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Appendix A1: (Continued) 2006 2007 January 0.002671674 0.03379703 0.004406722 0.01673394 February -0.008647245 0.03598111 -0.005636942 0.01614764 March 0.003500880 0.02592455 0.0009669722 0.01374949 April 0.003836704 0.01975170 0.001483809 0.01109096 May -0.005141313 0.01863313 0.002560355 0.01195841 June 0.005608799 0.01690952 0.002363476 0.009974502 July -0.003991524 0.0119881 -0.001067062 0.01443759 August -0.0008110875 0.01456686 0.0005236452 0.01251902 September 0.003111817 0.01525902 0.005110094 0.009779767 October 0.007971126 0.02201493 0.009694167 0.0155215 November 0.0009373092 0.01435362 -0.0005707263 0.0276292 December -0.002497903 0.01236763 2.591382e-06 0.01499199 154
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Appendix A2: The Estimated Parameters of St ock X Applying Unequal Interval GBM Model Index Index 1 0.006621 0.024521 20 0.010446 0.022202 2 0.013391 0.028731 21 -0.00389 0.02337 3 0.009891 0.055846 22 -0.0026 0.019065 4 0.001149 0.030116 23 0.002168 0.015421 5 0.009663 0.019472 24 -0.00417 0.014351 6 -0.00134 0.026352 25 0.003034 0.012816 7 0.005189 0.038095 26 0.003202 0.014617 8 -0.00261 0.015574 27 0.007015 0.020763 9 0.008553 0.017281 28 -0.00327 0.012388 10 0.00884 0.022777 29 1.37E-05 0.015938 11 -0.00053 0.014418 30 -0.00115 0.017478 12 7.88E-05 0.015385 31 -0.00045 0.014767 13 0.000596 0.015815 32 2.02E-05 0.01084 14 0.016518 0.033196 33 0.007892 0.011226 15 0.009311 0.013909 34 0.0025 0.008967 16 -0.00076 0.016247 35 -0.00407 0.016643 17 0.004541 0.025039 36 0.003471 0.010888 18 -0.01211 0.036582 37 0.008705 0.015797 19 0.000358 0.028831 38 0.010025 0.015063 39 -0.00136 0.022851 155
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Appendix A3: The Estimated Jump Coefficient of Stock X Applying Monthly GBM Model 2004 2005 2006 2007 Jan to Feb N/A 0.9333078 0.8899062 0.9496149 Feb to Mar N/A 1.0128700 1.0826370 1.0392360 Mar to Apr N/A 1.0101639 0.9906786 1.0042266 Apr to May N/A 1.0139198 0.9524189 0.9933268 May to June N/A 1.0276019 1.0794418 1.0103405 June to July N/A 0.9493318 0.9786493 1.0100002 July to Aug N/A 1.0248249 0.9630886 0.9895443 Aug to Sep 0.9751628 0.9868456 1.0288616 1.0153643 Sep to Oct 1.0456927 1.0070887 0.9986621 1.0084123 Oct to Nov 1.0101994 1.0134436 0.9816198 0.9663877 Nov to Dec 0.9644825 1.0051667 1.0108246 0.9845458 Dec to next Jan 1.0668690 1.0269237 1.0249850 N/A 156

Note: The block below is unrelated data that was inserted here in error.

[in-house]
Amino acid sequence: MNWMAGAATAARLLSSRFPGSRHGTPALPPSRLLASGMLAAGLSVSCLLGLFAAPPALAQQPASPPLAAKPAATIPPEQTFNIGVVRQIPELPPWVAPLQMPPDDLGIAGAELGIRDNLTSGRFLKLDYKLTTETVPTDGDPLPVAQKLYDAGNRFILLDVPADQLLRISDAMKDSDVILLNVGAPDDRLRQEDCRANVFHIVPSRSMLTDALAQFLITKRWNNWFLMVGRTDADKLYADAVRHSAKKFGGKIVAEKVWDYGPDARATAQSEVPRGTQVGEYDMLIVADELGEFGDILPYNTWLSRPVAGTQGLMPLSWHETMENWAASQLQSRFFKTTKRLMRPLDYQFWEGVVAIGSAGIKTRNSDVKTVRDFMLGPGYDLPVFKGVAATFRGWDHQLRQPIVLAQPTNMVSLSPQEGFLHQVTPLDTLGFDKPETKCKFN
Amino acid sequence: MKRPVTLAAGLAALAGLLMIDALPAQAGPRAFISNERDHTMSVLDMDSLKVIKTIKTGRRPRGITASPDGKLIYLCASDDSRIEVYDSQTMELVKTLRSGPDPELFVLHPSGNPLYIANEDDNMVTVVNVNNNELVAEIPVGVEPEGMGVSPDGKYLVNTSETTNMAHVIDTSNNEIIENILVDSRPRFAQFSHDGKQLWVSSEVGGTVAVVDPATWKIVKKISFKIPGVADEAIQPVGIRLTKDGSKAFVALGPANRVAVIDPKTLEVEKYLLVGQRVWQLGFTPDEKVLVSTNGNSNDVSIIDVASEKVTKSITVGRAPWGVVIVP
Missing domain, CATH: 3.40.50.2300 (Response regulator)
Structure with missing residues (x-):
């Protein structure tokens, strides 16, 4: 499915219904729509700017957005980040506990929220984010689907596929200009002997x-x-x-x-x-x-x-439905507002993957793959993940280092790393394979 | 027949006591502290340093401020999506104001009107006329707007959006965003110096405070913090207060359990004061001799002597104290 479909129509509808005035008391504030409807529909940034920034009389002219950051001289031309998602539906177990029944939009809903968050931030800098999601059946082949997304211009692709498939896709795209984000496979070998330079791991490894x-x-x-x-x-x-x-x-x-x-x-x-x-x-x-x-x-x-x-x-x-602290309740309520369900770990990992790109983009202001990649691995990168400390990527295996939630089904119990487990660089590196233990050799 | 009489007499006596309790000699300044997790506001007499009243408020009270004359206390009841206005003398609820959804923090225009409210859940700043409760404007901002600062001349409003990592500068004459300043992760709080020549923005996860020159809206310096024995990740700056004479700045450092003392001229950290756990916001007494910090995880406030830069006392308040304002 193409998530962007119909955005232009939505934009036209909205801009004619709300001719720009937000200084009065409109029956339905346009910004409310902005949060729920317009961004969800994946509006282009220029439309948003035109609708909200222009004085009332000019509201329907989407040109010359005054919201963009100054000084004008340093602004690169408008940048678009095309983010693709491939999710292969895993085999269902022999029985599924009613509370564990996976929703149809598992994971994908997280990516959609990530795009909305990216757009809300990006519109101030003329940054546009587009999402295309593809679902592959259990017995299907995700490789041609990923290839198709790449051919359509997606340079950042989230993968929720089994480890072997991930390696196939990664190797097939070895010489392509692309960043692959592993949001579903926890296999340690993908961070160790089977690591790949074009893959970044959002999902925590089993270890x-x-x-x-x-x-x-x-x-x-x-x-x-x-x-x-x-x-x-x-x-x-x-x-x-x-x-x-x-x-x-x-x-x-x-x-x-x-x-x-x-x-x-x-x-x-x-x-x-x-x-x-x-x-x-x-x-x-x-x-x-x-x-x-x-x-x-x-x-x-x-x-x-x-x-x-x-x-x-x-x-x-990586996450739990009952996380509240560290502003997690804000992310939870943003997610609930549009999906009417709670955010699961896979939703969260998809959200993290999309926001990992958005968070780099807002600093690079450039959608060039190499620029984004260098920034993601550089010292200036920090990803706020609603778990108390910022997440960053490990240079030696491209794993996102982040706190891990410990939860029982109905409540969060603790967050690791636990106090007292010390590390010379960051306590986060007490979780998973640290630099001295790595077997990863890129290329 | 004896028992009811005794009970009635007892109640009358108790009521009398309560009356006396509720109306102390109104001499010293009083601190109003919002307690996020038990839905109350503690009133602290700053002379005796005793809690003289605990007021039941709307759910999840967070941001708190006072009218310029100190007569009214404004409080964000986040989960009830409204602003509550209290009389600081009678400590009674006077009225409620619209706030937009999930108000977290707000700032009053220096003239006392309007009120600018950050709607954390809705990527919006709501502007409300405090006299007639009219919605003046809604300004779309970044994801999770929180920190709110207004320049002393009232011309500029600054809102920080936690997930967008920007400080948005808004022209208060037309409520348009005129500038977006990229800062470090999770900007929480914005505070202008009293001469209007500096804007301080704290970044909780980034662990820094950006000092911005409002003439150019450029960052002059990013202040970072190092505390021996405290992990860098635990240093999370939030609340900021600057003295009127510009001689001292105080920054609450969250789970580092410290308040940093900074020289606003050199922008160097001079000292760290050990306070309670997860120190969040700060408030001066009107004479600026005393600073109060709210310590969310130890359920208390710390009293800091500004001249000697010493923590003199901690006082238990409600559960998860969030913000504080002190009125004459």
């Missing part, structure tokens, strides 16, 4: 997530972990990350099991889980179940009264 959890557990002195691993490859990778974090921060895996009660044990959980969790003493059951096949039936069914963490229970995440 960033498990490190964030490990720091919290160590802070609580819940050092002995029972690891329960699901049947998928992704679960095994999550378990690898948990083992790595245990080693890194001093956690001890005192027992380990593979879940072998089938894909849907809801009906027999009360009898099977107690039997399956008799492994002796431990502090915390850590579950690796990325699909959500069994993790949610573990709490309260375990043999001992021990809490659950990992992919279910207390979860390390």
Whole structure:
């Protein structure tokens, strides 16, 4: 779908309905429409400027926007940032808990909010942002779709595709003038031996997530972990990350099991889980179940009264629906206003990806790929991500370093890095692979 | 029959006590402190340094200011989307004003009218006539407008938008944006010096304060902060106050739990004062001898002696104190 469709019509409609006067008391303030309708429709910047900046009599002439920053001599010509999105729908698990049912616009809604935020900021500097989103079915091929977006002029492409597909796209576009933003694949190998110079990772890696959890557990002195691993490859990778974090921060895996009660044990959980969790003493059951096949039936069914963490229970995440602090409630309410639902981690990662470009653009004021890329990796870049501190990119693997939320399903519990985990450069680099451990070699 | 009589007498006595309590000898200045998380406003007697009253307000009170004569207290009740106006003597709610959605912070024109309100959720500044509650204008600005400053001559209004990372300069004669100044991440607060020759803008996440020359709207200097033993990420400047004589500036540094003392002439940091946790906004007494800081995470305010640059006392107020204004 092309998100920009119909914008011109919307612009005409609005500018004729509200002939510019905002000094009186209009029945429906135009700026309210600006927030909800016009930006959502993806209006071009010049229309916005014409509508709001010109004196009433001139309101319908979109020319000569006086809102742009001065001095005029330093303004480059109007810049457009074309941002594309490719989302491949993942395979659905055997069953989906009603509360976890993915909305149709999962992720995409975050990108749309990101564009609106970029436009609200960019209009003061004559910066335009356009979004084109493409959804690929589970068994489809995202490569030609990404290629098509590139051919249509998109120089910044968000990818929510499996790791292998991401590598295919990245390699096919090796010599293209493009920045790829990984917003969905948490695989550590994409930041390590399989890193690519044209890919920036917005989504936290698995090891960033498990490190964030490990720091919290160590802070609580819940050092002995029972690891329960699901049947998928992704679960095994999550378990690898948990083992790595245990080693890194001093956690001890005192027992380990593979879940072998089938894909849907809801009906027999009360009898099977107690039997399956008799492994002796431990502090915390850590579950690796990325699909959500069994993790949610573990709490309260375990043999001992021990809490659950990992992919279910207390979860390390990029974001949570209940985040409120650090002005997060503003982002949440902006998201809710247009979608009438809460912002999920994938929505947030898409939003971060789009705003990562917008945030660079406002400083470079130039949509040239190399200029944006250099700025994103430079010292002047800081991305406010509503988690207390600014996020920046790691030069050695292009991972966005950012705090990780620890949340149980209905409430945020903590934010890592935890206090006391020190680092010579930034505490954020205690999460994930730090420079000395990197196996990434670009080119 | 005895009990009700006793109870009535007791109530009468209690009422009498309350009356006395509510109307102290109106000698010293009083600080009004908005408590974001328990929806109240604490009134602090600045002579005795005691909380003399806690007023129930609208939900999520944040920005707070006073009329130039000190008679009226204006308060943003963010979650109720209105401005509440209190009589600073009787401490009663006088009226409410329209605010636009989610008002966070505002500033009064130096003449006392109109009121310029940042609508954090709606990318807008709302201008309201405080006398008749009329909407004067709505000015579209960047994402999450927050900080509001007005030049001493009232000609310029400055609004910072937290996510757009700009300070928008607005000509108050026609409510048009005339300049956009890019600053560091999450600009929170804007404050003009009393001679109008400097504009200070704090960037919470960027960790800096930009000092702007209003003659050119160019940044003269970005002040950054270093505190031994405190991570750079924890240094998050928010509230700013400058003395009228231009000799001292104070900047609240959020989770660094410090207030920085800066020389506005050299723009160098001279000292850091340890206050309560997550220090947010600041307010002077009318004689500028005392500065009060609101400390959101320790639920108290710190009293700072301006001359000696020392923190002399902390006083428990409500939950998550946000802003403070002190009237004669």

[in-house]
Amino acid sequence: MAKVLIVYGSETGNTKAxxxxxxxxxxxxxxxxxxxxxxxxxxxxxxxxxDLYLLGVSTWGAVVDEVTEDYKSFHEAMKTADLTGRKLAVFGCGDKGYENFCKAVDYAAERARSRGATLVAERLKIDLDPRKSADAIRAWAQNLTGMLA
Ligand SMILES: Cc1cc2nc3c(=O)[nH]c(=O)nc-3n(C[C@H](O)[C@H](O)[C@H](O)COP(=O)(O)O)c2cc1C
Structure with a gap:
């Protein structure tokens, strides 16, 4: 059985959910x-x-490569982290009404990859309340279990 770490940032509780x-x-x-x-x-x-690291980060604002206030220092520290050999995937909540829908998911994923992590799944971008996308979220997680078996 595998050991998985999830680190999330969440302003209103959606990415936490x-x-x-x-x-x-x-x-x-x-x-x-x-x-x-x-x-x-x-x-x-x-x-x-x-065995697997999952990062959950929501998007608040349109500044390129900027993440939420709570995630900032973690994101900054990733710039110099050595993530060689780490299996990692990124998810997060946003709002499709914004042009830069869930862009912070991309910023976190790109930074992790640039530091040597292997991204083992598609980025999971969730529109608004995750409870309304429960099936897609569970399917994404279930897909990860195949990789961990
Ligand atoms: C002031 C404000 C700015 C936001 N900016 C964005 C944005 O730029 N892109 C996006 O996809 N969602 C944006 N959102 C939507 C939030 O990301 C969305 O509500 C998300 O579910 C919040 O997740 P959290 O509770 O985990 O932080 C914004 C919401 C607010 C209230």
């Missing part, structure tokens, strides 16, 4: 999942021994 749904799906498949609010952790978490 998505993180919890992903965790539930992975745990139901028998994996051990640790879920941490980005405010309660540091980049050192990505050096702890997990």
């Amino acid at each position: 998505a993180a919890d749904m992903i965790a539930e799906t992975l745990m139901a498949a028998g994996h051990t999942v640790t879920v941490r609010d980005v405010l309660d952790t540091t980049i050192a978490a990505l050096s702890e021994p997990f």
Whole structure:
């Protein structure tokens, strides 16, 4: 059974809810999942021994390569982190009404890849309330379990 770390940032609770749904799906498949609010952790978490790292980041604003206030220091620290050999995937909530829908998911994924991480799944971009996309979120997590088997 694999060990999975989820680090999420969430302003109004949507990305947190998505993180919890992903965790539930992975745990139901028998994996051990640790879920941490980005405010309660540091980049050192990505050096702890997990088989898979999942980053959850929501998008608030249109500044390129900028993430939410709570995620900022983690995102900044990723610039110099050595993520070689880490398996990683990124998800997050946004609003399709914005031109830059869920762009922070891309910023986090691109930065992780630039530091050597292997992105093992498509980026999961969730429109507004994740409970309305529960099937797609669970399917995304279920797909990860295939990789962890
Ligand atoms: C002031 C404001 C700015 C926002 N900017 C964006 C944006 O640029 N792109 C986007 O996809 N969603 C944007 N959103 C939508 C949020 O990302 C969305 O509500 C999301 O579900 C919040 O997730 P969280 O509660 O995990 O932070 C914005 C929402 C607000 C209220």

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Appendix A4: The Estimated Jump Coefficient of Stock X Applying Unequal Interval GBM Model with Jumps Index Jump Coefficient Index Jump Coefficient 1 N/A 21 1.015838 2 0.938119 22 1.017131 3 0.929323 23 0.994225 4 1.058691 24 1.073491 5 1.040035 25 0.940836 6 0.99704 26 0.994028 7 1.09544 27 0.961578 8 0.995219 28 1.123955 9 0.937131 29 0.996198 10 0.973401 30 0.924911 11 1.090801 31 1.079305 12 0.936869 32 0.936505 13 0.999014 33 0.998823 14 0.92379 34 1.008491 15 1.086789 35 1.07922 16 1.082488 36 0.96916 17 0.908315 37 0.952614 18 1.146248 38 0.988914 19 0.855107 39 1.096968 20 1.000371 157
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About the Author Ling Wu got her undergraduate education at one of the highly respected higher educational institution, namely, DaLian University of Technology in China. In 2004, she came to the United States pursue her further higher education at University of South Florida, Tampa, Florida. Her passion and interest for mathematics and statistics motivated to earn her M.A. Degree in Mathematics with the concentration in statistics in 2006. Thereafter, she continued her Ph.D, and wrote her dissertation, entitled Stochastic Modeling and Statistical Analysis at University of South Florida. In her dissertation, Ling show s her creativity, intellectual independence, and exhibited her both analytical and computational abilities. She is sharp and energetic young lady. As a person, she always extends helping hands to other people.